The Panama Canal is an integral link in a network central to the global commercial system which connects major economies of the world. According to the Panama Canal Authority (ACP), the canal would reach its maximum sustainable capacity by 2012. Once this capacity reached, it would not be able to continue to handle the ever-growing demand, resulting in a reduction in the competitiveness of the Panama maritime route.
The Canal expansion, estimated at over $5.5 billion US is intended to strengthen the canal’s competitive position and allow water route traffic to grow significantly and even double the canal’s capacity by 2015.
The Panama Canal project consists of adding a third lane through the construction of lock complexes at each end of the Canal. One lock complex will be located on the Pacific side to the southwest of the existing Miraflores Locks and the other will be located to the east of the existing Gatun Locks.
It is estimated that over 7 million cubic meters of concrete will be produced for the construction of the new set of locks.
SIMCO was hired to elaborate and conduct a comprehensive investigation program in order to assist in the design a series of durable concrete mixtures that would meet the 100-year service life specification set forth by the Panama Canal Authority (ACP) for the structural marine concrete of the third set of locks.
A multi-step program was used which involved the production and testing of a series of laboratory concrete mixtures prepared with local materials. The program included the full characterization of a series of concrete cores extracted from the existing Miraflores locks to document the influence of local environmental conditions on the performance of concrete in each section of the new set of locks. The service life was defined by the time to reinforcement corrosion initiation and chemical degradation.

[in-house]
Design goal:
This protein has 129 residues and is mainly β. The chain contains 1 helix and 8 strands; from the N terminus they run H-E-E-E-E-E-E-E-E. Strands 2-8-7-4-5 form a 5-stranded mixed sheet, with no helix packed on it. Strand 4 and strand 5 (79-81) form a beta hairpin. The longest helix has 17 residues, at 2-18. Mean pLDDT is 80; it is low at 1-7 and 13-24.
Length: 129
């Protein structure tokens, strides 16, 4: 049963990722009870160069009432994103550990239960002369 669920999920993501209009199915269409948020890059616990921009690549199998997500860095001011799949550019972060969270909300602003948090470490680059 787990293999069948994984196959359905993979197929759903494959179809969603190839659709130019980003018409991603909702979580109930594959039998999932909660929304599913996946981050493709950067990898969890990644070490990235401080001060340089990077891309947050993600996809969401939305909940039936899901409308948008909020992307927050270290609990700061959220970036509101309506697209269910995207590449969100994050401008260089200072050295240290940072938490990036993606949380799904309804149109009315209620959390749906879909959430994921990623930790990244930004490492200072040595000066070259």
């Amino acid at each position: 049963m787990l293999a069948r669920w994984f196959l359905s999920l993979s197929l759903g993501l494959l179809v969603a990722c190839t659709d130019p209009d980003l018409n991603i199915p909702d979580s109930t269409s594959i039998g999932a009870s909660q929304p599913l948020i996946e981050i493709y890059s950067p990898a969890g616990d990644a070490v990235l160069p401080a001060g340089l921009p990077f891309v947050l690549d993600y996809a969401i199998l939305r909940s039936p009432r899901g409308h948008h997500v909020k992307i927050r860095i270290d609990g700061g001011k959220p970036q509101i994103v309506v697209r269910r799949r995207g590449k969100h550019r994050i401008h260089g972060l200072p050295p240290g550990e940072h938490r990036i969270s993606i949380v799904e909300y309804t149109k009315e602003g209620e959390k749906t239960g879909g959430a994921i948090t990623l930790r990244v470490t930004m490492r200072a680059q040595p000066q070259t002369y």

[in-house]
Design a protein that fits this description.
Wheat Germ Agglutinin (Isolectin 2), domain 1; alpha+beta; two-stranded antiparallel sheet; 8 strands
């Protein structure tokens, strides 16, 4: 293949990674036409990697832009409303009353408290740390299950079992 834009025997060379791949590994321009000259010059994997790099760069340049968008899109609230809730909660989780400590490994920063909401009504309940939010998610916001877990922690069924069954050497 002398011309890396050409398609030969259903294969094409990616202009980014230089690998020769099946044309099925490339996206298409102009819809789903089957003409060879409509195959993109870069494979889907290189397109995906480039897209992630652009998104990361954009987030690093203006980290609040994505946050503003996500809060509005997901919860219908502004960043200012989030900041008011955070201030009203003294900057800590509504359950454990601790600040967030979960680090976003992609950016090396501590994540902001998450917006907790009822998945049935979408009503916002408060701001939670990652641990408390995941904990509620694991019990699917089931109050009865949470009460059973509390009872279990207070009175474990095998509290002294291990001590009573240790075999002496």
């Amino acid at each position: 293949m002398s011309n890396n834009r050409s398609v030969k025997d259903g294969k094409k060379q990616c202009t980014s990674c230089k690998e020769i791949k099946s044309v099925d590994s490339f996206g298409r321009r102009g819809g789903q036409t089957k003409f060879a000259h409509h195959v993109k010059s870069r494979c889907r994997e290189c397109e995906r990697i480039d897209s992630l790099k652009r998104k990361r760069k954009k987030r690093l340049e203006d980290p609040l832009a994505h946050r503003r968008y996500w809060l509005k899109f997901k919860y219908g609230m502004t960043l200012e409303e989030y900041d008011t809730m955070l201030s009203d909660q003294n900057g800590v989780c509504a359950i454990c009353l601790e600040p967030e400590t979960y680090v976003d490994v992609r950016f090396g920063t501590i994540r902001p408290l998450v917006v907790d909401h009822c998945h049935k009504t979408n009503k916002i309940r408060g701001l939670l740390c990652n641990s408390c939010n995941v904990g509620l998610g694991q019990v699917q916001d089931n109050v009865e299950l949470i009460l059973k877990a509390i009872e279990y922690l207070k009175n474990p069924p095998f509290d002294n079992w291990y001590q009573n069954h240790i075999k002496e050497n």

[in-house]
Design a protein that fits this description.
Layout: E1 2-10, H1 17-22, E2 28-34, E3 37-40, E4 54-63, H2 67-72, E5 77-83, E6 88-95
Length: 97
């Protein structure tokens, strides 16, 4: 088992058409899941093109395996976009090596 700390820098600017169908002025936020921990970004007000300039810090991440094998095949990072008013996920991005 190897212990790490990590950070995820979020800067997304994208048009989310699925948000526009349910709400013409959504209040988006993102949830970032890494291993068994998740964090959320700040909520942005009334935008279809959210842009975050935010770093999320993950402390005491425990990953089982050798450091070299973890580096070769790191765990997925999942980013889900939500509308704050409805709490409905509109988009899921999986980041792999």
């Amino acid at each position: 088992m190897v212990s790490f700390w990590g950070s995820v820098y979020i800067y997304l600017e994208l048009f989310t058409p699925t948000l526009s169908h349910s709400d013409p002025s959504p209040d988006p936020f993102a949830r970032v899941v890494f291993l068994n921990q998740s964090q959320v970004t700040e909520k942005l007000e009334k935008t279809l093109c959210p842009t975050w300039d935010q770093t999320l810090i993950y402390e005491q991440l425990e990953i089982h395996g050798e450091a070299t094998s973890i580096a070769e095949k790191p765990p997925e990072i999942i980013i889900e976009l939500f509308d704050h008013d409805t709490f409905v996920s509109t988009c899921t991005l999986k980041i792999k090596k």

The new set of locks is made of three different chambers and approach structures on both the Atlantic and Pacific sides of the canal. Each chamber contains a blend of fresh water and seawater and the water salinity varied greatly over a wide range in different parts of the locks. Therefore, in order to comply with the 100-year service-life requirement, it was determined that different concrete mixtures had to be defined for the different locations of the concrete elements.
SIMCO’s methodology to evaluate the durability of the structural concrete mixtures is based on the protocol developed with the U.S. Navy and now specified in the Unified Facilities Guide Specification (UFGS). The UFGS science-based methodology for enhanced concrete performance applies to both design (mixture design & validation) and construction (quality control) phases of the project.
The backbone of this novel approach is a protocol for materials selection, testing and computer modeling using STADIUM®, the service-life prediction software developed by SIMCO.
SIMCO’s methodology to evaluate the durability of the structural concrete mixtures is based on the protocol developed with the U.S. Navy and now specified in the Unified Facility Guide Specification (UFGS) since 2010.